Swiping Right but for Who?: When dating meets data

Swiping Right but for Who?: When dating meets data
By Elaine Chang | September 22, 2021

Online dating is a mainstay of modern culture. A study from Stanford found that around 40% of American couples initially met online, the most common medium of matchmaking. The act of swiping itself has elevated into its own set of idioms in the English language and culture – “swipe left” signals declining a potential match, “swipe right” indicates accepting a potential match. And there are so many online dating apps to choose from, depending on who you ask and what experience you may be looking for.

There is a striking shift in the matchmaking medium as American couples increasingly meet via online dating apps / websites. We should note 1) there have been many many changes from 1995 to 2017 that enabled online dating not previously possible and 2) this study is a slice of what dating looks like (American, heterosexual, technologically able)

The pandemic has only increased the use of these handheld matchmaking services – Tinder recorded its highest number of swipes on a single day totaling to 3 billion in March 2020 while OkCupid saw a 700% increase in dates from March to May 2020. Individuals typically assume that these interactions – whether direct or indirect – are private. Its a digital space for individuals to find their potential matches, get to know each other beyond the standard profile fields.

Online dating apps often ask personal questions as part of a user’s profile and offers features such as chatting via app

And while this advent of options and opportunity has undoubtedly stirred love in the digital airwaves, recent reports highlight a growing concern of what else is being aired out in the digital airwaves in the name of love. A NYTimes investigation found some disturbing details. It found that when they tested the Grindr Android app, the app shared specific latitude and longitude coordinate information with five companies. NYTimes researchers also found that the popular app OKCupid sent a user’s ethnicity and answers to profile questions such as whether they’ve used psychedelic drugs to a firm that helps companies tailor marketing messages to users. A Nightly News segment highlighted similarly disturbing practices on dating apps Hinge and Bumble. Hinge sent information of all its users to Facebook, whether they logged in via Facebook or not. Bumble sent encrypted information to undisclosed, outside companies. All companies cited their privacy policy when followed up by reporters.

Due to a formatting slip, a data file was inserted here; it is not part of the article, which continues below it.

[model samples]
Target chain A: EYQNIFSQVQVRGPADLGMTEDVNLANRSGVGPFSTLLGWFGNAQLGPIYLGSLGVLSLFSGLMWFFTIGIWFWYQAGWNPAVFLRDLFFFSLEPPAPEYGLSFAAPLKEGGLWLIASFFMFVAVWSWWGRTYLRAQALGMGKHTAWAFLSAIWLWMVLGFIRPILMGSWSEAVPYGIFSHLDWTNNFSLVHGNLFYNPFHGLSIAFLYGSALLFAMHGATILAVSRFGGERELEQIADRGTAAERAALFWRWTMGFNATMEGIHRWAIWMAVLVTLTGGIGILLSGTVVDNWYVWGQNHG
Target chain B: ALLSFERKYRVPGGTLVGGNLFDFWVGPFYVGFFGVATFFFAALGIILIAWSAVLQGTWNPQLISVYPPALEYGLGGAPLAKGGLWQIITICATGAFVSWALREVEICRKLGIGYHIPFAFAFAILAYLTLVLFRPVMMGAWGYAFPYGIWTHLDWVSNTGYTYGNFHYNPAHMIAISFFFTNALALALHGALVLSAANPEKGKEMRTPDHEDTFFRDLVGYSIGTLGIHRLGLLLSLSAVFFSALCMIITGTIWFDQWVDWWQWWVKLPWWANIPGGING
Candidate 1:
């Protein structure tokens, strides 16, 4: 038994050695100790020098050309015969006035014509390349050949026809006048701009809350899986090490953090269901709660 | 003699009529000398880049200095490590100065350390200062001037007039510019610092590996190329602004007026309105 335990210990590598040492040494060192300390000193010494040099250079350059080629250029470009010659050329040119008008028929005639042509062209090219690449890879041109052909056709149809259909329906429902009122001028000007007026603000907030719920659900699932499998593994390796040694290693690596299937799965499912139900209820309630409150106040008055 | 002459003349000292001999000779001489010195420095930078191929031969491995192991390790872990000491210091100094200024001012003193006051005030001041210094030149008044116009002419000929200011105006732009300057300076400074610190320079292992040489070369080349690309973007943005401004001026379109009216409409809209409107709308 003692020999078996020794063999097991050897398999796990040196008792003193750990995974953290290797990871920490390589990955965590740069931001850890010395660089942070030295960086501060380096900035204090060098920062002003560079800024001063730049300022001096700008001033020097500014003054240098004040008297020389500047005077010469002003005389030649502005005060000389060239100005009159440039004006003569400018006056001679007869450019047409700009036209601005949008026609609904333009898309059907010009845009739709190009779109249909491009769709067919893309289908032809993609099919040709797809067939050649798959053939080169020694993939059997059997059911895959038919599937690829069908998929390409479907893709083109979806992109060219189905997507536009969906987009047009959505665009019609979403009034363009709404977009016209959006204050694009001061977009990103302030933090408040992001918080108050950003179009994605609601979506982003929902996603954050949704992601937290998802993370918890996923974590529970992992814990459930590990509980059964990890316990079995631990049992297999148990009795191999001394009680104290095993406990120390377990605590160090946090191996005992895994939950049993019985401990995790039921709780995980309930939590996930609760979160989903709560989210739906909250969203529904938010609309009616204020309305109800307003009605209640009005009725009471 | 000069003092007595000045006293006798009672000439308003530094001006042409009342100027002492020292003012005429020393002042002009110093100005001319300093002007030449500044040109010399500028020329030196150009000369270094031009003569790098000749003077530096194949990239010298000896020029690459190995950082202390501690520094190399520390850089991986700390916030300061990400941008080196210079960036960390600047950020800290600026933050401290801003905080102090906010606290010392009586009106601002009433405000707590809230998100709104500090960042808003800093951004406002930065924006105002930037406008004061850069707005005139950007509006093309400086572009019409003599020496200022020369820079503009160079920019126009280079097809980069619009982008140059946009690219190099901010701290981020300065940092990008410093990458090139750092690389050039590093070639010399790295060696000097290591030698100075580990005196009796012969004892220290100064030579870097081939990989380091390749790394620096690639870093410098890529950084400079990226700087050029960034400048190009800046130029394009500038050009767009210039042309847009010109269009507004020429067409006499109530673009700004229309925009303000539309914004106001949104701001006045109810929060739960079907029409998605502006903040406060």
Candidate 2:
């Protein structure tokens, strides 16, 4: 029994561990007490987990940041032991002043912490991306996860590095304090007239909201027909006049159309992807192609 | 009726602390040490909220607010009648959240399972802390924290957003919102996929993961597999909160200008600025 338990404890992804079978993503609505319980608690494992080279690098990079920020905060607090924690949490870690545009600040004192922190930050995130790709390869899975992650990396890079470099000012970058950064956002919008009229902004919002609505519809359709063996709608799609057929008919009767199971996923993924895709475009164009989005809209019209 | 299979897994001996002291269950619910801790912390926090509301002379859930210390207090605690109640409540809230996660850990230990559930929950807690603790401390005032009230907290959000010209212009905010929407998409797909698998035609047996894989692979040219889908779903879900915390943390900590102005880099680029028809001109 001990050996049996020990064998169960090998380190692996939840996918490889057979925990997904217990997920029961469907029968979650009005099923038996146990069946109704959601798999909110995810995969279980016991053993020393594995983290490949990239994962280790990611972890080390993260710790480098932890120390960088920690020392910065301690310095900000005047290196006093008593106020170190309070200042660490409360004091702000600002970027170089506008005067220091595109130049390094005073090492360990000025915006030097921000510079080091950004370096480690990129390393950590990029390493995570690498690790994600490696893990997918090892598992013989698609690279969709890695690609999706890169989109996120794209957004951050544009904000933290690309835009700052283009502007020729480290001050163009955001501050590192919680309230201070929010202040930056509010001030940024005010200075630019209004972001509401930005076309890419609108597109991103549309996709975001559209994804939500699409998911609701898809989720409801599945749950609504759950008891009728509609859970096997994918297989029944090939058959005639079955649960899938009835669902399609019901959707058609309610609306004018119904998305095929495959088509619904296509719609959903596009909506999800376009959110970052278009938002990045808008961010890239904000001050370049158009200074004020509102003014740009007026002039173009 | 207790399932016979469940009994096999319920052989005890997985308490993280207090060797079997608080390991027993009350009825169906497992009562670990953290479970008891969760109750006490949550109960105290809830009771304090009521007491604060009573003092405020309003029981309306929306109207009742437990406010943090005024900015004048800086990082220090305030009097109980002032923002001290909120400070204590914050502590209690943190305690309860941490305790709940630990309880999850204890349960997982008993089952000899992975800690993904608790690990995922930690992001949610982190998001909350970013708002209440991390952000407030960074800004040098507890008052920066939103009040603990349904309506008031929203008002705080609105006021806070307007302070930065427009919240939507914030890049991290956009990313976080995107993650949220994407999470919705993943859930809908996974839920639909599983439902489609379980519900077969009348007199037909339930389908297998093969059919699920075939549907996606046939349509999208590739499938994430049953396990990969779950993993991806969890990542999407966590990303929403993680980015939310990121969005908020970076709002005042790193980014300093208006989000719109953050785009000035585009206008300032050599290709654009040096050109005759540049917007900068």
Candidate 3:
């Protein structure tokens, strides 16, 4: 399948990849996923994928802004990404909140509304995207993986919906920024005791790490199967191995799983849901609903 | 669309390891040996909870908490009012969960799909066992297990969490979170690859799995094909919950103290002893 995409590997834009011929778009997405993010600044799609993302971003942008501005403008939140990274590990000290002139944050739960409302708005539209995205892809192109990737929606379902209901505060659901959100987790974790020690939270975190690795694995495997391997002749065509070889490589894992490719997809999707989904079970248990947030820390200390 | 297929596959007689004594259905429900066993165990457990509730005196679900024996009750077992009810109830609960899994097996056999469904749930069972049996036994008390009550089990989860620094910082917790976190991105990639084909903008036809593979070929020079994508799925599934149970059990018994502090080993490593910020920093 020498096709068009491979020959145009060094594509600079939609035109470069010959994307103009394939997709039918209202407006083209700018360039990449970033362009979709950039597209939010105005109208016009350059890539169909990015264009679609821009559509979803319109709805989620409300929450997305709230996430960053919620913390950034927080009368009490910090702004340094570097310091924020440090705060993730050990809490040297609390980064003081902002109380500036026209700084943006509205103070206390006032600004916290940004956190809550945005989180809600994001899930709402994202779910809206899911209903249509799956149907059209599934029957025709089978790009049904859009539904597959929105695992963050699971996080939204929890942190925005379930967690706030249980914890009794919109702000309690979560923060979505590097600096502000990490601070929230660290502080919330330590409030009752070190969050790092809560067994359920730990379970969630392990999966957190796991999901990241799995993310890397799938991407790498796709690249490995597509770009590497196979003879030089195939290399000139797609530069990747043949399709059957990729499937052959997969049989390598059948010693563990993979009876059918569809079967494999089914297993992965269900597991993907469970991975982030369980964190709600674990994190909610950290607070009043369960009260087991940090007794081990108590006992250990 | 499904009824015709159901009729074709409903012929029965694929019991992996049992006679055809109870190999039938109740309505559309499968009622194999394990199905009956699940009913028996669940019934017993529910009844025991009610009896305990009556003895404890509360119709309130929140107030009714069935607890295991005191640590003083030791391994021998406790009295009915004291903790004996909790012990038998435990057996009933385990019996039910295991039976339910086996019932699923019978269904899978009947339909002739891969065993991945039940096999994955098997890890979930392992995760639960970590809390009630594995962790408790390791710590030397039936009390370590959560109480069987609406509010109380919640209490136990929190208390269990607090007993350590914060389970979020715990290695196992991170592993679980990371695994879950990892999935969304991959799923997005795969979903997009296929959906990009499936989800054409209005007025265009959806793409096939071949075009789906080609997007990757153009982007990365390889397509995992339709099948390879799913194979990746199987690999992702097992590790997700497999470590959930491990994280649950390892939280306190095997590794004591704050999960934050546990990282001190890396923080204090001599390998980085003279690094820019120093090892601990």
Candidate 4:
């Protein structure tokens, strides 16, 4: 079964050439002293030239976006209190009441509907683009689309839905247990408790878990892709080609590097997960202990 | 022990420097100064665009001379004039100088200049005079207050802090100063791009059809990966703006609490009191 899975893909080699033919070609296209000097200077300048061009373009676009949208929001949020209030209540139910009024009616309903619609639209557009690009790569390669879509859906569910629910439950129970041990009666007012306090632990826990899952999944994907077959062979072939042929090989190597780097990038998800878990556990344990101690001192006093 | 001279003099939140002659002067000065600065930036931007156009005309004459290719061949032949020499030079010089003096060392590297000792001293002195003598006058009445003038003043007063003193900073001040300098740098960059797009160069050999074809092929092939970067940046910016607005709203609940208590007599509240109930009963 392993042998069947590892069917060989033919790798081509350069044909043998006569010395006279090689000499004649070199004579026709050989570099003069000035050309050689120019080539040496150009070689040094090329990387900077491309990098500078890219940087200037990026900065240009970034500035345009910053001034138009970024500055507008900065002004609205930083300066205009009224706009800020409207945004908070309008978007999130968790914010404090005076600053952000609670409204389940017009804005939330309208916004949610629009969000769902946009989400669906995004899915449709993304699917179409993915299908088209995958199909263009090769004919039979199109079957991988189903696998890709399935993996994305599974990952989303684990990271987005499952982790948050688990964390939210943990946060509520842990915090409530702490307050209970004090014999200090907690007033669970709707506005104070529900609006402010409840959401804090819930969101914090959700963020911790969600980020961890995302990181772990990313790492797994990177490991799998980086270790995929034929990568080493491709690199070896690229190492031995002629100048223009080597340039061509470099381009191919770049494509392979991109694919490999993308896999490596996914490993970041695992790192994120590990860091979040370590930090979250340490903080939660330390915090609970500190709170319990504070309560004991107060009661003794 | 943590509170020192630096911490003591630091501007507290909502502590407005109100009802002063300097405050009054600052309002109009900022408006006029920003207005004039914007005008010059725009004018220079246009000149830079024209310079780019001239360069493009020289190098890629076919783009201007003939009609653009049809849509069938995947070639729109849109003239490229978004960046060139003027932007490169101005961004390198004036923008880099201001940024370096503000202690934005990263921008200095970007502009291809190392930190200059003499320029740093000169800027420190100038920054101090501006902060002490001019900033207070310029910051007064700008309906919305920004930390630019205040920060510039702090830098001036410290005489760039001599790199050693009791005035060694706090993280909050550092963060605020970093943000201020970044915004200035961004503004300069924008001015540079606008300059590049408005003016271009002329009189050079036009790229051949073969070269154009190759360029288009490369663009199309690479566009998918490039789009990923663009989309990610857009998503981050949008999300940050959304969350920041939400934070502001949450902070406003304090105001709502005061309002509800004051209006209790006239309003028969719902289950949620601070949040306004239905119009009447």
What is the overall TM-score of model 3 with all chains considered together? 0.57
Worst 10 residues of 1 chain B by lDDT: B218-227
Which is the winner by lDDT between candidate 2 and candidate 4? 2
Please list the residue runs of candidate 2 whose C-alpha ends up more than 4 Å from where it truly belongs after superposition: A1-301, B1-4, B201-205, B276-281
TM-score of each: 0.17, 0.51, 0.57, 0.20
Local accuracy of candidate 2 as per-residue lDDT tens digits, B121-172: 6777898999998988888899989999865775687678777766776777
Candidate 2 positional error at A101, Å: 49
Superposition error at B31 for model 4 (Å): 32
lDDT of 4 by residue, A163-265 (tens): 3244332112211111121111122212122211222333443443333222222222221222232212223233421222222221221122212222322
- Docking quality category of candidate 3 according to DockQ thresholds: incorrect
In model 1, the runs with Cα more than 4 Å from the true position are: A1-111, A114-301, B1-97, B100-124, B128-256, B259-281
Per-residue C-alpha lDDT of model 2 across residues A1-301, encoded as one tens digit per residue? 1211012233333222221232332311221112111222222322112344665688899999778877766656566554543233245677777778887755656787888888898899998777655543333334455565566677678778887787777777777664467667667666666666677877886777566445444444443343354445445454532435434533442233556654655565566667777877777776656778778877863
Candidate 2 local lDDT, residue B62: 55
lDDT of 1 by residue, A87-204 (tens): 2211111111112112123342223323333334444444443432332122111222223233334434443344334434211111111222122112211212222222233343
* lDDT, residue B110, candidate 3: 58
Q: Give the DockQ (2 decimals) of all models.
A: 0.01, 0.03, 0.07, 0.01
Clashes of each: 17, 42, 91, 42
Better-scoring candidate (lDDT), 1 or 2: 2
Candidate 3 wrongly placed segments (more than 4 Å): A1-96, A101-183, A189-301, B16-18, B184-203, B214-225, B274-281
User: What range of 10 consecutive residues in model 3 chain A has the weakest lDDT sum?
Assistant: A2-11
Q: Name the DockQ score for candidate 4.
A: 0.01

Apps, such as dating apps, are sending information to different companies. Some locations are
disclosed while others are not.

These revelations show a few worrying trends related to users and their data. First, profiling of users on their own device without explicit and informed consent. Businesses are quietly creating profiles of individuals using activity, targeting them with ads and attempting to influence their behavior – all on a user’s personal device and all relatively unbeknownst to the user themselves.
Secondly, the treatment of user data both from a lack of privacy perspective as well as a lack of respect. A recent study done by the Norwegian Consumer Council suggested that some companies treat personal and intimate information of a user, such as gender preference similar to innocuous data points about the individual such as favorite food. Finally and more broadly, as
these dating apps increasingly influence love and relationships as we know it, their profile options and app interactions are then to increasingly define culture. There is a responsibility of how to do so thoughtfully and responsibly  (e.g., gender pronouns, features in the time of corona).

Ultimately, consumers trust their device and by extension apps (not only but including dating apps). Companies may need to be compelled to change through updated rules and regulation. Until then, it may behoove us all to swipe left more often on the next potential app download.